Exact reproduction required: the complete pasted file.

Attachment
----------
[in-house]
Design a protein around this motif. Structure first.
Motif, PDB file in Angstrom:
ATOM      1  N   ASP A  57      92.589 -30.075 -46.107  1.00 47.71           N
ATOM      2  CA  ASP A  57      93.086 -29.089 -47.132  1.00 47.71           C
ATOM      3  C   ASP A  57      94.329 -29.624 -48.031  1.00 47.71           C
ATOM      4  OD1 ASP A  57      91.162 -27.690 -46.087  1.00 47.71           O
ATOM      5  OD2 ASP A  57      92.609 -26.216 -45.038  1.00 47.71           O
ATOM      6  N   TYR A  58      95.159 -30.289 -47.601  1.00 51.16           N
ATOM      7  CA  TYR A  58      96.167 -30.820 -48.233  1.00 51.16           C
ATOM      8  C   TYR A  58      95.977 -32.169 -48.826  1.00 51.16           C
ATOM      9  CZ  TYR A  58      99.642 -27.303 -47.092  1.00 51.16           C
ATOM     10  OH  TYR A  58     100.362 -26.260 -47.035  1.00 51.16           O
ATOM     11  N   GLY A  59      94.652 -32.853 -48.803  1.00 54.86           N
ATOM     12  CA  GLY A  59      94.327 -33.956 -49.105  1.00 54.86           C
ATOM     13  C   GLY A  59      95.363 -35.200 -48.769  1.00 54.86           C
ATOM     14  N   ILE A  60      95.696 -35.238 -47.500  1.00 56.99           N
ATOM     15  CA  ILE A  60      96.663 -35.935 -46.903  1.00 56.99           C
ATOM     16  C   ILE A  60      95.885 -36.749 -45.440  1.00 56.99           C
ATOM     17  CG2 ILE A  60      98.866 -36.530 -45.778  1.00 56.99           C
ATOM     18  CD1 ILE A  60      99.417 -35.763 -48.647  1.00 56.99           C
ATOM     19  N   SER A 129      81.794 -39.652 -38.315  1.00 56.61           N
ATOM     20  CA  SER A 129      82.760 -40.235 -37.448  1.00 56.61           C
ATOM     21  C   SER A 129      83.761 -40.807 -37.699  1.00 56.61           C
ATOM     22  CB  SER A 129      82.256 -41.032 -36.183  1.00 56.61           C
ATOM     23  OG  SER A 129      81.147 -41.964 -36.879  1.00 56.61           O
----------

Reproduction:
[in-house]
Design a protein around this motif. Structure first.
Motif, PDB file in Angstrom:
ATOM      1  N   ASP A  57      92.589 -30.075 -46.107  1.00 47.71           N
ATOM      2  CA  ASP A  57      93.086 -29.089 -47.132  1.00 47.71           C
ATOM      3  C   ASP A  57      94.329 -29.624 -48.031  1.00 47.71           C
ATOM      4  OD1 ASP A  57      91.162 -27.690 -46.087  1.00 47.71           O
ATOM      5  OD2 ASP A  57      92.609 -26.216 -45.038  1.00 47.71           O
ATOM      6  N   TYR A  58      95.159 -30.289 -47.601  1.00 51.16           N
ATOM      7  CA  TYR A  58      96.167 -30.820 -48.233  1.00 51.16           C
ATOM      8  C   TYR A  58      95.977 -32.169 -48.826  1.00 51.16           C
ATOM      9  CZ  TYR A  58      99.642 -27.303 -47.092  1.00 51.16           C
ATOM     10  OH  TYR A  58     100.362 -26.260 -47.035  1.00 51.16           O
ATOM     11  N   GLY A  59      94.652 -32.853 -48.803  1.00 54.86           N
ATOM     12  CA  GLY A  59      94.327 -33.956 -49.105  1.00 54.86           C
ATOM     13  C   GLY A  59      95.363 -35.200 -48.769  1.00 54.86           C
ATOM     14  N   ILE A  60      95.696 -35.238 -47.500  1.00 56.99           N
ATOM     15  CA  ILE A  60      96.663 -35.935 -46.903  1.00 56.99           C
ATOM     16  C   ILE A  60      95.885 -36.749 -45.440  1.00 56.99           C
ATOM     17  CG2 ILE A  60      98.866 -36.530 -45.778  1.00 56.99           C
ATOM     18  CD1 ILE A  60      99.417 -35.763 -48.647  1.00 56.99           C
ATOM     19  N   SER A 129      81.794 -39.652 -38.315  1.00 56.61           N
ATOM     20  CA  SER A 129      82.760 -40.235 -37.448  1.00 56.61           C
ATOM     21  C   SER A 129      83.761 -40.807 -37.699  1.00 56.61           C
ATOM     22  CB  SER A 129      82.256 -41.032 -36.183  1.00 56.61           C
ATOM     23  OG  SER A 129      81.147 -41.964 -36.879  1.00 56.61           O